Connections and Parallels Between Humanistic Psychology and Modern Dance at Jacob’s Pillow

Author: Hoffman, Hadassah H.
Year:2004
Pages:224
ISBN:0-7734-6226-0
978-0-7734-6226-7
Price:199.95
This study explores how the development of humanistic psychology paralled the evolution of modern dance, and what the connections were between the fields as they grew. This is a study of three fields developing within the 20th century. It demonstrates the relevance of the arts to humanistic psychology, and the ways in which the psychologists and dancers influenced each other.

Reviews

“Hadassah H. Hoffman, studying the ways in which humanistic psychology and modern dance developed, has produced an impressive study of these two fields and their relationship. She has documented the history of humanistic psychology, and in an effort to establish connections between humanistic psychology and modern dance, has researched the literature of dance/movement therapy as well. Her presentation of the biographies of the pioneers of American modern dance, and her comprehensive history of Jacob's Pillow, is thorough and informative. With much persistence and appreciative outreach, Dr. Hoffman secured interviews with a third generation of modern dancers, and these interviews add much liveliness to her study. The interviews are very personal and reflective of the ever-changing field of American modern dance. This fascinating work of cultural and personal history provides valuable and very human insights into how creative people and movements evolve. In a sense, the author has produced "a dance of ideas and the people who lived them." – (from the Commendatory Preface)Thomas Greening, Professor of Psychology, Saybrook Graduate School

“In her absorbing study of humanistic psychology and modern dance, Hadassah Hoffman enables the reader to learn more about each of these fields individually while gaining some insight into the apparent parallels between them. Based upon interviews with ten prominent individuals in modern dance as well as extensive research into the existing literature of both dance and psychology, Dr. Hoffman's book delves into a field of inquiry that has not yet been fully explored by other researchers or writers. Through her questions, her hypotheses and her conclusions, it is apparent that this is an exceedingly rich topic … In summarizing the writings of psychologist Abraham Maslow, Hoffman gives us additional insight into the connections she perceives, citing Maslow's observation that there is much common ground between the psychologically healthy person and the creative person … While Dr. Hoffman details her official findings, her readers may well reach their own conclusions about this fascinating field of study. Fortunately, the way is pointed for further research on related subjects in a thorough list of references encompassing all of the topics explored. As Hoffman herself accurately summarizes, "This study makes a valuable contribution to the understanding of the relevance of the arts to humanistic psychology, and demonstrates the importance of a psychology that acknowledges cultural trends as diagnostic and prognostic of individual psychological issues." In stating her desire that this study will initiate further exploration and examination of connections between creative arts and humanistic psychology, Hadassah Hoffman points the way for others to follow in her inspired footsteps.” – Norton Owen, Director of Preservation, Jacob's Pillow Dance Festival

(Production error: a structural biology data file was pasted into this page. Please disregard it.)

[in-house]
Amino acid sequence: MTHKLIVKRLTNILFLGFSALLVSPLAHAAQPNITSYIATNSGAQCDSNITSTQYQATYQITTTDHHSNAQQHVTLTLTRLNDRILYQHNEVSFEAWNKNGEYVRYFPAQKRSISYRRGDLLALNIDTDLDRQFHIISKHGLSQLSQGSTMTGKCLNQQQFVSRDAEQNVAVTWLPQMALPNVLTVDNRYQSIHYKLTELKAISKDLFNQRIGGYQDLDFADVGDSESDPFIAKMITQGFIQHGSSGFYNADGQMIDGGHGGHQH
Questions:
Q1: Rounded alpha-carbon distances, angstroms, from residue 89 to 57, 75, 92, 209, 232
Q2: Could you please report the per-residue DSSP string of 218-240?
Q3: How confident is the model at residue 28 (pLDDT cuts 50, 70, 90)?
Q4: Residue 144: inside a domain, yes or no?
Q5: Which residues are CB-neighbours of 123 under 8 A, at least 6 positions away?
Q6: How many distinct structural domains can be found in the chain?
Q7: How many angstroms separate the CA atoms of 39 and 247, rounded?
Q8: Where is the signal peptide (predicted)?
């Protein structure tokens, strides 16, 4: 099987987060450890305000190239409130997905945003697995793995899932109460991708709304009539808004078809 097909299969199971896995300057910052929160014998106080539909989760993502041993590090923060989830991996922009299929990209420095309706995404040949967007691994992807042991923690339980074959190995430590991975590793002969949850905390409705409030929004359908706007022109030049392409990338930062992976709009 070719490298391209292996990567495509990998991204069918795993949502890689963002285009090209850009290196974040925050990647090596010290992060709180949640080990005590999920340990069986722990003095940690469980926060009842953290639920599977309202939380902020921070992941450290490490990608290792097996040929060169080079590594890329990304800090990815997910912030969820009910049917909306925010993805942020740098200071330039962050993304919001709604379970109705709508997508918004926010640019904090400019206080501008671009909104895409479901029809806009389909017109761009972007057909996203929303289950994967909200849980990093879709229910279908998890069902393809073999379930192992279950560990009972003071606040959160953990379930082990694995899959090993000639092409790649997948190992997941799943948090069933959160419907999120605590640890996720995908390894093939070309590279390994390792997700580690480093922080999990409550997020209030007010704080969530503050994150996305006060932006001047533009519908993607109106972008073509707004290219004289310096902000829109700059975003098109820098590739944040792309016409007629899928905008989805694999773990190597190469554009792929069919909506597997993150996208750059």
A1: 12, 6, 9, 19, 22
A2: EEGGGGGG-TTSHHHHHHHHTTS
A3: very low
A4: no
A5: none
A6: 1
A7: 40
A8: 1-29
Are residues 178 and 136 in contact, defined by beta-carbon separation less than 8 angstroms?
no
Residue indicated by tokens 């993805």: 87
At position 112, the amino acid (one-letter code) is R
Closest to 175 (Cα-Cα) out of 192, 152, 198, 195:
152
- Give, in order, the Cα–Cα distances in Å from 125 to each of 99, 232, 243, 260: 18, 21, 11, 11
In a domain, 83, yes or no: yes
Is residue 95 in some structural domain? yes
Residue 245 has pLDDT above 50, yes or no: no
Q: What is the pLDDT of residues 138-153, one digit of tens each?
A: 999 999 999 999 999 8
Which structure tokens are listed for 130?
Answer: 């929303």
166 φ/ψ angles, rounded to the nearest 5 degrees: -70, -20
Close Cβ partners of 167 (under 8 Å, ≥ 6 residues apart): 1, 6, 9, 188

“This book brings together two 20th century phenomena, the development of “modern dance" and the emergence of "humanistic psychology." Is this an unlikely marriage? Not according to Dr. Hoffman who provides an in-depth review of three generations of dancers at Jacob's Pillow, the font of modern dance. She also provides a careful reading of Abraham Maslow, Carl Rogers, Rollo May, and James Bugental, pivotal figures in the founding of humanistic psychology. The connections that emerge have never been documented before and they will be of interest to devotees of dance and psychology alike.” – Stanley Krippner, Ph.D., Professor of Psychology, Saybrook Graduate School and Co-editor, The Psychological Effects of War Trauma on Civilians

Table of Contents

Tables
Foreword
Preface
Acknowledgements
1. Introduction
2. Review of the Literature
a. Humanistic Psychology
b. The Dancers: Historical Introduction and Literature Review
c. The Dance Therapists
3. Research Methodology
4. Findings
5. Discussion
References
Index